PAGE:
[EM] Improvement to Ranked Robin method
colin.champion at routemaster.app
Thu Mar 31 11:55:30 PDT 2022
Richard – there are two ways of using a Borda tiebreak, sometimes
written "Llull//Borda" and "Llull,Borda". It sounds like you understood
me to be attributing "Llull,Borda" to you while you were actually
advocating "Llull//Borda". (I have no idea which of these was Dasgupta
and Maskin’s preference – I don’t think they were clear.) Certainly
Llull//Borda reduces to a plurality choice between two tied candidates.
Other tiebreaks (eg. minimax) can be used in the same two ways,
which is why a fairly general notation exists. I can't say I like it as
a notation, since it's far from self-explanatory.
On 31/03/2022 18:10, Richard, the VoteFair guy wrote:
> On 3/30/2022 11:51 PM, Colin Champion wrote:
> > ... is the candidate with the highest support count not the
> > candidate with the highest Borda score? Have you not reinvented
> > Dasgupta-Maskin?
> Borda count is a positional voting method:
> As a tie breaker, only the candidates who are tied are considered in
> this count.
> When the tie is between just two candidates, the Borda count would
> still use the (positional) numbers assigned by the voters.
> In contrast, I'm recommending a counting method that disregards which
> position contains the mark being counted. So a two-candidate tie
> becomes simple plurality counting.
> To repeat, I'm suggesting breaking a tie by using pairwise support
> counts. On one ballot the pairwise support count is the number of
> candidates who are ranked lower than the candidate getting the support
> count. Those counts are added across all the ballots to yield that
> candidate's pairwise support count.
> A big advantage is that it can be counted directly from the ballots,
> without first creating a pairwise matrix. Although software would use
> the pairwise matrix approach, voters and the legal description and the
> tabulated results would not mention the pairwise matrix.
> Richard Fobes
> The VoteFair guy
> On 3/30/2022 11:51 PM, Colin Champion wrote:
>> Richard – is the candidate with the highest support count not the
>> candidate with the highest Borda score? Have you not reinvented
>> On 31/03/2022 05:58, Richard, the VoteFair guy wrote:
>>> Here I'm suggesting a way to improve the recently (fall 2021) created
>>> "Ranked Robin" method, which is described at Electowiki at this link:
>>> The improvement is to replace the first-level tie breaker -- which
>>> looks at margins calculated from the pairwise matrix -- with "pairwise
>>> support counts" -- which are easily described without using any
>>> numbers from the pairwise matrix.
>>> Starting from the beginning ...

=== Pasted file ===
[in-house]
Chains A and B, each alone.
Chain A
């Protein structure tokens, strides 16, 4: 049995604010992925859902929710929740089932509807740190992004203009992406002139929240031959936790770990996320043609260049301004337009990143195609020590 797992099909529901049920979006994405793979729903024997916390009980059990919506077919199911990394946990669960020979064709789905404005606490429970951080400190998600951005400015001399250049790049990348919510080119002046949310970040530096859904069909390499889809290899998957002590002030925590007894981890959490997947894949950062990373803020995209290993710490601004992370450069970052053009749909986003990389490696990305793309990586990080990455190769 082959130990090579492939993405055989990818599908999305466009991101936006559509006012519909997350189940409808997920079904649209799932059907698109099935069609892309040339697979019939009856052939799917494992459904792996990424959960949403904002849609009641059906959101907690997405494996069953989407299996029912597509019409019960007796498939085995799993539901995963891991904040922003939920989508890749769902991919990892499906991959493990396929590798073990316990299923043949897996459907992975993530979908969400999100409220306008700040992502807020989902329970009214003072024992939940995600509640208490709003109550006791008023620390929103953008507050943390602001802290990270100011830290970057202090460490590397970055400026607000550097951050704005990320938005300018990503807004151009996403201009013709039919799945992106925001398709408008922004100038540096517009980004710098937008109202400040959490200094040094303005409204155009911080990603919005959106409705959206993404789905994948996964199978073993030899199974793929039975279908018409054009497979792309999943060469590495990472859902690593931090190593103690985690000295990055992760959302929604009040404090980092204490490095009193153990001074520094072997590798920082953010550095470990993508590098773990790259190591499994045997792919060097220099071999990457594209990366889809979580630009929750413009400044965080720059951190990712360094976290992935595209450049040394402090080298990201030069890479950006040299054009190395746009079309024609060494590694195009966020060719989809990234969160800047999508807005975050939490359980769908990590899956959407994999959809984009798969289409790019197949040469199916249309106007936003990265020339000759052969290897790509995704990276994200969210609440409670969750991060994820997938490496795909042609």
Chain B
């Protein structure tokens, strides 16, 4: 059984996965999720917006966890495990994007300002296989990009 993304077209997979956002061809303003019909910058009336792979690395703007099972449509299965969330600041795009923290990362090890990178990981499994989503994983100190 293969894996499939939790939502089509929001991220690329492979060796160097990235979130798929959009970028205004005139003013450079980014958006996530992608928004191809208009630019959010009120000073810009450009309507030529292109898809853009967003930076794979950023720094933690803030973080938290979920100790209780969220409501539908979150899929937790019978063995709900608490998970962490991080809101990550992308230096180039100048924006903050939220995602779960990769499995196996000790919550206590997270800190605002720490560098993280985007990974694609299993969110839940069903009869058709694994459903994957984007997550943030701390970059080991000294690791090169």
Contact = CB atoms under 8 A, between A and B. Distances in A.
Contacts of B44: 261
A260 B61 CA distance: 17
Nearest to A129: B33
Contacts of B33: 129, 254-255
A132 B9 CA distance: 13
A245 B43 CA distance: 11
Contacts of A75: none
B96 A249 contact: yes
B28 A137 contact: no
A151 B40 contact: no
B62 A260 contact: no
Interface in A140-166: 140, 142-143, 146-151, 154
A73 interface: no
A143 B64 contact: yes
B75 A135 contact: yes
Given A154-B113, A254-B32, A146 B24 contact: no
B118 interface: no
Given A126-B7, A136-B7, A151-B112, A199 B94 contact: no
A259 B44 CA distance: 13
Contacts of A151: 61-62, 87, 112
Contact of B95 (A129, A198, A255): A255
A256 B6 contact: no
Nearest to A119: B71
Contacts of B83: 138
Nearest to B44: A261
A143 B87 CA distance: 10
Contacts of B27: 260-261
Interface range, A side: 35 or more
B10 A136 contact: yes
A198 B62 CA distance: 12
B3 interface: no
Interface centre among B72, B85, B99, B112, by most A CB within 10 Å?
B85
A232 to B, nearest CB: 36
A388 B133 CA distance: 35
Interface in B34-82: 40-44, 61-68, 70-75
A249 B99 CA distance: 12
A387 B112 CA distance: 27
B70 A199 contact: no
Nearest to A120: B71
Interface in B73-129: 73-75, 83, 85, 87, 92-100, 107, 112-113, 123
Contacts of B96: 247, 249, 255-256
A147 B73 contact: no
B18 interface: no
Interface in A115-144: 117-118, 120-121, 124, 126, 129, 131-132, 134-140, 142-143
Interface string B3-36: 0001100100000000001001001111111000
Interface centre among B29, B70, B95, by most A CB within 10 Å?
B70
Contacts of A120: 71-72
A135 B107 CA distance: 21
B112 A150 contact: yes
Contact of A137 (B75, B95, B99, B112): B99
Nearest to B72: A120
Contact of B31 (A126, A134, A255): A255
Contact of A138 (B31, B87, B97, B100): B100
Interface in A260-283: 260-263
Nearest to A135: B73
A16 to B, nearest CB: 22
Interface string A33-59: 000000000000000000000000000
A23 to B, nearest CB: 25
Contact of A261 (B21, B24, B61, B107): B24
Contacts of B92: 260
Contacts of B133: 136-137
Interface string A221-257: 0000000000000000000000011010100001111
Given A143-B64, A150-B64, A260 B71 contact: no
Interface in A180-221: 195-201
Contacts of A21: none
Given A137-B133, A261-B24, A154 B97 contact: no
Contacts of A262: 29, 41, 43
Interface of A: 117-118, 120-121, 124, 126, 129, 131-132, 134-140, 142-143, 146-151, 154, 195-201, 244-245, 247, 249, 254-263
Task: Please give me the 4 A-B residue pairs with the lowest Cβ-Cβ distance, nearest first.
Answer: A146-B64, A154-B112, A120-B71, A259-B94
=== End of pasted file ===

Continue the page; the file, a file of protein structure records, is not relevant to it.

>>> Currently the Ranked Robin method is described this way:
>>> "Elect the candidate who pairwise beats the greatest number of
>>> That's the method described by Ramon Llull (in 1299).
>>> According to Electowiki that's been improved to become the Copeland
>>> method, which elects "the candidate with the most (pairwise victories
>>> minus pairwise defeats)."
>>> According to Wikipedia the Copeland method doesn't do the subtraction
>>> and instead adds "half the number of candidates with whom he or she
>>> has a preference tie."
>>> All of these Copeland method variations produce lots of ties.
>>> So of course the Ranked Robin method needs tie breakers. Here's the
>>> first-level tie breaker as it's currently specified:
>>> "For each finalist, subtract the number of votes preferring each other
>>> finalist from the number of votes preferring them over each other
>>> finalist. The finalist with the greatest total difference is elected."
>>> A big disadvantage of this Ranked Robin tie breaker is that it uses
>>> numbers from the pairwise matrix. Yet one of the stated goals of the
>>> Ranked Robin method is to avoid confusing voters with the pairwise
>>> Therefore I suggest replacing this tie-breaker method with the use of
>>> "pairwise support counts." These counts are part of the "Instant
>>> Pairwise Elimination" (IPE) method, which is described at Electowiki
>>> at this link:
>>> It says:
>>> "If an elimination round has no pairwise-losing candidate, then the
>>> method eliminates the candidate with the largest pairwise opposition
>>> count, which is determined by counting on each ballot the number of
>>> not-yet-eliminated candidates who are ranked above that candidate, and
>>> adding those numbers across all the ballots. If there is a tie for the
>>> largest pairwise opposition count, the method eliminates the candidate
>>> with the smallest pairwise support count, which similarly counts
>>> support rather than opposition. ..."
>>> Of course the second-level tie-breaker would be to use pairwise
>>> opposition counts. (The pairwise support counts and pairwise
>>> opposition counts are not always symmetrical.)
>>> Notice that the numbers in the pairwise matrix do not need to be
>>> Yes, the software will calculate the pairwise support counts from the